Thursday, May 22, 2008

Hamster In A Coma

Google suggests that this, apparently, wasn't one of the tabloid headlines when Richard Hammond was in that car crash a couple of years ago, even if I do seem to remember things entirely differently... Anyway, I'm not really sure why I happened to think about that, but it did lead me to wondering about this:

What other Morrissey or Smiths song titles might benefit from the inclusion of one or more fluffy rodents?

Here are my suggestions (plus, possible themes and subject matter; oh, and a couple of non-rodents):

There Is A Gerbil That Never Goes Out - highlighting the serious issue of rodent agoraphobia.

Squirrel, Squirrel, Down We Go Together - Morrissey entreats a reluctant squirrel to join him on a slide.

Death Of A Disco Dormouse - a cautionary tale about resisting the lure of the bright lights.

We Hate It When Our Ferrets Become Successful - elegy to bitter Music Hall acts whose animal partners struck out on their own.

I Keep Mice Hidden - Morrissey confesses to having frequently ended games of Hide & Seek without telling anyone.

That Vole Isn't Funny Anymore - somewhat blunt lament to a rodent's squandered comic talent.

Big Mouse Strikes Again - Thatcher-era nonsense about Mickey joining a trade union.

You're The One For Me, Ratty - Morrissey makes plain his feelings; to the disappointment of Mole, Badger, and Mr Toad.

Vicar In A Coypu - the less said, the better (to quote the Catholic Church).

Pretty Girls Make Cavies - Morrissey finally explains his misgivings about heterosexual entanglements (see also, Some Girls Are Bigger Than Otters).

Have-A-Go Marmot - anthem to a vigilante ground squirrel.

Suffer Little Chinchilla - decidedly upsetting ballad, in which it becomes clear that Morrissey wasn't always so deeply committed to animal rights (see also, Marmot On The Guillotine).

This Lemming Man - protest song, in which Morrissey parodies the migratory urges of others while blithely ignoring his own domiciliary arrangements.

Squirrel Loves Me - following initial reticence, something beautiful unexpectedly blossoms at the foot of a playground slide.

More songs listed here, should anyone else fancy joining in...

Tuesday, May 20, 2008

Today's news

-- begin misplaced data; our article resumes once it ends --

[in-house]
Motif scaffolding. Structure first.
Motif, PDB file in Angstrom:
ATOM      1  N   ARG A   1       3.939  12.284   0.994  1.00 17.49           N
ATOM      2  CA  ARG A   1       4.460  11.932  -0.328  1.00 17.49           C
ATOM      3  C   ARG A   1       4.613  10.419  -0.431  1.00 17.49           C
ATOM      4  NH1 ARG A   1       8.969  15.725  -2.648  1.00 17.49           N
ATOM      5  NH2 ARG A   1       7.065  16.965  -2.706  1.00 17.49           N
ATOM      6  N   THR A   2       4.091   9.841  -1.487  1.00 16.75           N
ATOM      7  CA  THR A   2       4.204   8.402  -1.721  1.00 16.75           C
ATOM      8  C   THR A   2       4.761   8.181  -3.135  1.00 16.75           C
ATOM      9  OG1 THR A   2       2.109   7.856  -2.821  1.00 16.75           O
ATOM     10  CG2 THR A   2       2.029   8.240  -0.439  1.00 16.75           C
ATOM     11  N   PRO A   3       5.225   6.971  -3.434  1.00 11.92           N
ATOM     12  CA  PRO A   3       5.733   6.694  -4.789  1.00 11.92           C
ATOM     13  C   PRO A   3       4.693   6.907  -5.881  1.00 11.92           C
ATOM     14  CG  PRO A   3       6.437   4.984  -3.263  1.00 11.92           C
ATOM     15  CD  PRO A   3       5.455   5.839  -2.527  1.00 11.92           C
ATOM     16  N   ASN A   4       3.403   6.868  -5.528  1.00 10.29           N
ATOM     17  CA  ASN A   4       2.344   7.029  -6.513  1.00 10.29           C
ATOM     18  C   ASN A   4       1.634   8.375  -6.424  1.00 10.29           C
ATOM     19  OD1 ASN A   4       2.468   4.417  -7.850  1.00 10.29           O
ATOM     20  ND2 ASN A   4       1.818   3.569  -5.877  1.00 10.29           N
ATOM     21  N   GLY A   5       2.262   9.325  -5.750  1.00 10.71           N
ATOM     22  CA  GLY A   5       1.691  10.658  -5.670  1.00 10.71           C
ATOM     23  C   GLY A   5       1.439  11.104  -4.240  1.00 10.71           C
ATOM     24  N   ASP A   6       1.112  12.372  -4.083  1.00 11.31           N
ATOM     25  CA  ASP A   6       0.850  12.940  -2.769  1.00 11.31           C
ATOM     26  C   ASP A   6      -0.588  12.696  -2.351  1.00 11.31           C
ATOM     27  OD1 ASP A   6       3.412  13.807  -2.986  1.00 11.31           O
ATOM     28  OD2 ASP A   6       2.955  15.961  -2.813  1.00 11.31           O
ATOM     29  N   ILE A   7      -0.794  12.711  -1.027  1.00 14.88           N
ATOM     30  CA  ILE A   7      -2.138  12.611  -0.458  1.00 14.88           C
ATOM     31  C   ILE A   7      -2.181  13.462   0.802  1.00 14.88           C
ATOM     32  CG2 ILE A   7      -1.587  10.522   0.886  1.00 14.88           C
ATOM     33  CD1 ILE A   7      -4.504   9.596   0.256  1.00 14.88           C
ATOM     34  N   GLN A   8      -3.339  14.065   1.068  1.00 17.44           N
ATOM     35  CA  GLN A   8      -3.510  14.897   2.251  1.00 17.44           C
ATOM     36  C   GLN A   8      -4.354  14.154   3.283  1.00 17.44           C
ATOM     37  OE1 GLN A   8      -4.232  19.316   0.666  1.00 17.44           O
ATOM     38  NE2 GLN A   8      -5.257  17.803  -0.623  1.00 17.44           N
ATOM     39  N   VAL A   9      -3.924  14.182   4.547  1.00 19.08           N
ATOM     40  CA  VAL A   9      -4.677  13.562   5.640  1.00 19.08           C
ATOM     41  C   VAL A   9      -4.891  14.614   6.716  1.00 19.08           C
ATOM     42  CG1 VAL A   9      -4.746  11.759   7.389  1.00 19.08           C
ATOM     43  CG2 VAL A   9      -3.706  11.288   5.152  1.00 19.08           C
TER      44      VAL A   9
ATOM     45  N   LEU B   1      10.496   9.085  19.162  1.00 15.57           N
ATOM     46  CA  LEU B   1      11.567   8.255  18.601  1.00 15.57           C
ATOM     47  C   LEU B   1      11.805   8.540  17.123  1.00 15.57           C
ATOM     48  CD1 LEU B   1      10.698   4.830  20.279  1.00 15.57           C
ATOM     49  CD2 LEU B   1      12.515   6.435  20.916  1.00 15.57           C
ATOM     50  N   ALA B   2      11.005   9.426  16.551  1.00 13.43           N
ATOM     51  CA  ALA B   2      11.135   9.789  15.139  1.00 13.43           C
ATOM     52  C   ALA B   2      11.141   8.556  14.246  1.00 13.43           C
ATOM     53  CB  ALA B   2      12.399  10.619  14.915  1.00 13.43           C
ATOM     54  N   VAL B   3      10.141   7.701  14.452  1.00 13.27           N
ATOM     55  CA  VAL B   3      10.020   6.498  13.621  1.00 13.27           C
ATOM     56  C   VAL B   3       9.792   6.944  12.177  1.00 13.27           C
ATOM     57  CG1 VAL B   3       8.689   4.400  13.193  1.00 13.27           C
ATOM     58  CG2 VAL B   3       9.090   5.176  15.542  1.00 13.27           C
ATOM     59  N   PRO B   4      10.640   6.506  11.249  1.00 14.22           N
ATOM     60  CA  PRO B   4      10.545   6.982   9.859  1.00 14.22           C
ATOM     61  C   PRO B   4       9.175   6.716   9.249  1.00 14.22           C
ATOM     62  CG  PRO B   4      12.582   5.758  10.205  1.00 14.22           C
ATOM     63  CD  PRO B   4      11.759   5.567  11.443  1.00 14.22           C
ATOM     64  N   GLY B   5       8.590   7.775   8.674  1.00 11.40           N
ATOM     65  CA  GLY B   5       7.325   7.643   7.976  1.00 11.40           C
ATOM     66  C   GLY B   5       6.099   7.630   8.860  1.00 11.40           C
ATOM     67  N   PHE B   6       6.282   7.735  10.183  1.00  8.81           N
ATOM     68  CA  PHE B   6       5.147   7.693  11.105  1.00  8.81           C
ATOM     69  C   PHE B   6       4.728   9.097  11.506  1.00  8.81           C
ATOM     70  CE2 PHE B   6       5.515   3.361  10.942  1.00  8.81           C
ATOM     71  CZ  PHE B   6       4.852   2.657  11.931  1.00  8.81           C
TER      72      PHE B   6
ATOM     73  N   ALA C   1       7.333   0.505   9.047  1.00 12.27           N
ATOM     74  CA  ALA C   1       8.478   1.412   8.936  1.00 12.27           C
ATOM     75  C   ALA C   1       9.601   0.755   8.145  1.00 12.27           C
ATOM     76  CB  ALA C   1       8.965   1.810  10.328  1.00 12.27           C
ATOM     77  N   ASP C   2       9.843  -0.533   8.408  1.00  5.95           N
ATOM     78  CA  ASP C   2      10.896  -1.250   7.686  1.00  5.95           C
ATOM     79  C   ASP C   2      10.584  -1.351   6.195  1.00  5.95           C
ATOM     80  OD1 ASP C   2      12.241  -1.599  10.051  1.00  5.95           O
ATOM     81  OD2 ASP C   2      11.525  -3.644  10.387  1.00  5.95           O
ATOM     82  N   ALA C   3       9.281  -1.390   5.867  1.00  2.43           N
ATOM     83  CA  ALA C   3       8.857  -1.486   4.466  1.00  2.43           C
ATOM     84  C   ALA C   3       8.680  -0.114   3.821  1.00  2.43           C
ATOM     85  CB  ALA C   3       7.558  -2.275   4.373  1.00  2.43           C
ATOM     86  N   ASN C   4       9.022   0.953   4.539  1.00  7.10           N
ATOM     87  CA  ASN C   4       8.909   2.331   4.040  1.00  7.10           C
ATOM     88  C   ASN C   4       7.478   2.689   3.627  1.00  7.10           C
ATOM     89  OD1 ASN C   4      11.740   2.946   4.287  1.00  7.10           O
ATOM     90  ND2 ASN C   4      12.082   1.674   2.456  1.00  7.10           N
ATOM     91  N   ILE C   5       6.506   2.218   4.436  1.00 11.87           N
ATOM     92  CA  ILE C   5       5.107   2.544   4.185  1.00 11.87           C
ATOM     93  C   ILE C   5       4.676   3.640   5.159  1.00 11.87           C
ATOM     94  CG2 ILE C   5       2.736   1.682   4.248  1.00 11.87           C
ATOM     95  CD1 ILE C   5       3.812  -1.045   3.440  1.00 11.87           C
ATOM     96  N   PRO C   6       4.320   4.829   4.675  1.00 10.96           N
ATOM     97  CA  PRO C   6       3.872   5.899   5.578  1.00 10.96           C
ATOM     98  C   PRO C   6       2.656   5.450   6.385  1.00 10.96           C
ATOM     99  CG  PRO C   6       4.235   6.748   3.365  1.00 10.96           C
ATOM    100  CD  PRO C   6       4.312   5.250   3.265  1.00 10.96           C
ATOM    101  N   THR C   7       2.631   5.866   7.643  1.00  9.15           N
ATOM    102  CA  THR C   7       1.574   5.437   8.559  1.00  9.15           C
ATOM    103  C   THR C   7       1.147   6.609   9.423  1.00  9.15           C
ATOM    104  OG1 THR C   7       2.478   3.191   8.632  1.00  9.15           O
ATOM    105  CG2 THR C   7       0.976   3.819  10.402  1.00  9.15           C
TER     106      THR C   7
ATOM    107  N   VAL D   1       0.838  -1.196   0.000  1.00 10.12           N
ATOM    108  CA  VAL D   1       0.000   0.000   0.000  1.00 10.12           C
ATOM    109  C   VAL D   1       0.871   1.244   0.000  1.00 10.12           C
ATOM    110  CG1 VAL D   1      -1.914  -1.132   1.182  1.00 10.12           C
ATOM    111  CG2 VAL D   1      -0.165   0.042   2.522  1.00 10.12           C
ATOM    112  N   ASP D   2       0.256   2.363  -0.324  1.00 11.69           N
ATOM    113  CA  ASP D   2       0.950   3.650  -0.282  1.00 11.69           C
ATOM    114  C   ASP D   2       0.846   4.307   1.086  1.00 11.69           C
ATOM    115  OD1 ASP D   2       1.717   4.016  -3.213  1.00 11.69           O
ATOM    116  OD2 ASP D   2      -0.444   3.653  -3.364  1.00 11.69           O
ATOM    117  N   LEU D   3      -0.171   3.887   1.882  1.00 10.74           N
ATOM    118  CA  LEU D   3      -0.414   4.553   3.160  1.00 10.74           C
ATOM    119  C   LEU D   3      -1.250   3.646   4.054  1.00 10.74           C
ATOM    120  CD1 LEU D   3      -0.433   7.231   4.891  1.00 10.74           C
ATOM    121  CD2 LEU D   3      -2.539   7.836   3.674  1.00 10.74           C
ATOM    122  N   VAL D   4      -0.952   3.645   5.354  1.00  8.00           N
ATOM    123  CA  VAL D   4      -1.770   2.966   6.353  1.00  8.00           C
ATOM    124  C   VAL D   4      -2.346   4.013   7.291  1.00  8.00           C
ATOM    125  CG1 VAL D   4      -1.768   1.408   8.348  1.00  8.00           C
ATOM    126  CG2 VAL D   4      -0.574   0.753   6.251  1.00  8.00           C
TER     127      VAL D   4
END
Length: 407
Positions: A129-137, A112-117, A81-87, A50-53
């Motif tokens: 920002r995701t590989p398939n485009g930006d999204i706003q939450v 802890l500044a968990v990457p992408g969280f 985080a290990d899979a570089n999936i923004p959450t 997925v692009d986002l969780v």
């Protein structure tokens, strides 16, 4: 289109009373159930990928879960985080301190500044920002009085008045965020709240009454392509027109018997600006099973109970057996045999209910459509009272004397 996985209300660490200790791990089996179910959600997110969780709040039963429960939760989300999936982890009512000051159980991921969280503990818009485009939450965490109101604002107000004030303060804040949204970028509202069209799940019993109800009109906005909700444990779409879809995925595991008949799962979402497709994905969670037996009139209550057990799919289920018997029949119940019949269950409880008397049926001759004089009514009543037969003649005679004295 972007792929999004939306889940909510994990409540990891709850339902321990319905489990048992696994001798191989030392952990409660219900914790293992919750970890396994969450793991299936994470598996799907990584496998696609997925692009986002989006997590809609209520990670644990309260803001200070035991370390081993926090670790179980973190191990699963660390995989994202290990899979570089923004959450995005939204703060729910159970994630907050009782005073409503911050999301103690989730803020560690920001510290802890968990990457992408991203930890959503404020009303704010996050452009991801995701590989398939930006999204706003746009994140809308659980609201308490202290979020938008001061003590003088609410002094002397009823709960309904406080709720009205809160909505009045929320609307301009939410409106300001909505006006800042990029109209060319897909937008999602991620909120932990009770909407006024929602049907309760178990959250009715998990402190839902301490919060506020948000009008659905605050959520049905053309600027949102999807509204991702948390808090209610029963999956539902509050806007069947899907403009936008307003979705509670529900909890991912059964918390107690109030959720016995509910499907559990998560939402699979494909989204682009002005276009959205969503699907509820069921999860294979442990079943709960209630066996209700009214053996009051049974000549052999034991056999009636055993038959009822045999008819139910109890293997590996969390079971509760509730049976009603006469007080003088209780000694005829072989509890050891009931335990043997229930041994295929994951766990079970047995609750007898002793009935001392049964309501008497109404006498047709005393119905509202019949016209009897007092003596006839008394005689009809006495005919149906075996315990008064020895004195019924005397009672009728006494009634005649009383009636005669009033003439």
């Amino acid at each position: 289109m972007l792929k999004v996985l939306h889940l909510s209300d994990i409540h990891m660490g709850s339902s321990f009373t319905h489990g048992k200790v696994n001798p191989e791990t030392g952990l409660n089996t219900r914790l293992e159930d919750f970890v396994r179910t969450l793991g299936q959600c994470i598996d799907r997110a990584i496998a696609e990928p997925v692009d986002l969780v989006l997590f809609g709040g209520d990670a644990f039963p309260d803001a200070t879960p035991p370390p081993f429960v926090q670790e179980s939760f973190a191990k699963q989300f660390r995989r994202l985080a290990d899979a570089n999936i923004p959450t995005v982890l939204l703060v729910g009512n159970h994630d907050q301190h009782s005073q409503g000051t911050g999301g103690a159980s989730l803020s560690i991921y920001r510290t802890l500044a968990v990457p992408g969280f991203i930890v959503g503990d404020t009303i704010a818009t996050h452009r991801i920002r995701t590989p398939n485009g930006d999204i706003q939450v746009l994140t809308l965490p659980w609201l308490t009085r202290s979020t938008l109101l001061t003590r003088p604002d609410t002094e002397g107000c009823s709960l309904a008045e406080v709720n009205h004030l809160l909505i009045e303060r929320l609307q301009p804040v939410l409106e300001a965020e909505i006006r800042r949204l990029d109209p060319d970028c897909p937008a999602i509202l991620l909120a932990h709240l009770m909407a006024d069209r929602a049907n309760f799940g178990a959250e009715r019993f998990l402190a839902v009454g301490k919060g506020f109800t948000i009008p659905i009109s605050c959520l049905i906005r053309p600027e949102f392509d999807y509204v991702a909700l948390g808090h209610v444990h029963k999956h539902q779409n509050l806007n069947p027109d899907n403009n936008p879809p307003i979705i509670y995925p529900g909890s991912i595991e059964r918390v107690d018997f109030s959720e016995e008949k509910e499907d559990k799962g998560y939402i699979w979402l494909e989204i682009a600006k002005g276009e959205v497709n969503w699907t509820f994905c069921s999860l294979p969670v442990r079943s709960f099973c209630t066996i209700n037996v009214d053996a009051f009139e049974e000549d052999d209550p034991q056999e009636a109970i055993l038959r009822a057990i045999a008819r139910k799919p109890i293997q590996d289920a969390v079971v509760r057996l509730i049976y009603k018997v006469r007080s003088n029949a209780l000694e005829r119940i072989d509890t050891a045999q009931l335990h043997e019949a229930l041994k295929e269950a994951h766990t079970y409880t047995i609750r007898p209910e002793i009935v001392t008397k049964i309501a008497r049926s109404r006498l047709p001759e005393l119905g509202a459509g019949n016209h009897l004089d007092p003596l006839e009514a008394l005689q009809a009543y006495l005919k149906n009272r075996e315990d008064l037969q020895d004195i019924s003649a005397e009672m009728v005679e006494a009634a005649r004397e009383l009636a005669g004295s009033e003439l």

Apparently, we can no longer call people* cults in public. Yes, I said cults. Which does make me wonder if The Guardian might be next to receive a summons from City Of London police:

"Actor Will Smith is funding his own private school that will teach youngsters using an educational system devised in part by the Scientology cult."

After all, how much more public can you get than a newspaper?

OK, I know, a newspaper article probably doesn't exactly fall under the Public Order Act, but doesn't that, in some roundabout way, just show how ridiculous the whole summons was?

Bunch of...

Erm, anyway, here's a village that wants to change its name.

*or perhaps just Scientologists?

Thursday, May 15, 2008

Are you starting?

US declares polar bears threatened - today's Guardian.

Was it just me who read that headline and immediately started wondering about an Axis of Furriness?

Friday, May 09, 2008

A precursor to insomnia, probably

Sometimes, I really wish the world would just stop and let me catch up. All things considered, I'm sure I must be at least a few revolutions behind.

Or are there revolutions these days? All I seem to experience are blurs, between one thing and another. What happens in between, I'm not quite sure - I'd venture to suggest 'stuff', but that sounds overly specific. And I'm not even sure that anything does happen in between, since by the end of a blur I seem to find that all sorts of things have instead failed to happen and I'm wishing the world would just stop and let me catch up.

Damn. That must be what's happened again. That's usually what marks the end of a blur; and the beginning of the next.

Sometimes, though, it isn't suddenly noticing that the steady accretion of things gone un-done has become too large to be comfortably ignored (no matter how hard you try). Sometimes it's noticing that some potentially significant thing you actually have done (often inadvertently, since why would anyone do anything significant on purpose? You'd only be creating trouble for yourself) has reached un-ignorable levels of significance. I think that might have happened too.

A dual blur, then. The metaphysical equivalent of a double booking, minus anyone who might apologise.


I hate dual blurs.

Wednesday, May 07, 2008

Bluebeard, and other sights from St Mawes

Bluebeard - St Mawes quay, 1/5/2008.

As I look at this, I like to imagine all the little boats hanging from the harbour wall, after someone's pulled out the plug... - St Mawes quay, 1/5/2008.

A polite (and precisely punctuated) warning - car park wall, St Mawes quay, 1/5/2008.

I had no idea hairdressers could be state registered. There's even a Hair Council, apparently - St Mawes, 1/5/2008.

Crouching photographer, hidden swastika - fencework outside a house on Marine Parade, St Mawes, 1/5/2008

St Maudit's well - off Bohella Road, St Mawes, 1/5/2008

My parents were in Falmouth last week, so I was forced to eat lots of nice food, stop for both morning and afternoon coffee almost every day, and wander around such places as St Mawes and the Eden Project. Somehow I survived to bring you this record of my torments.

Eden Project photos to follow, when they're all sorted and the right way up.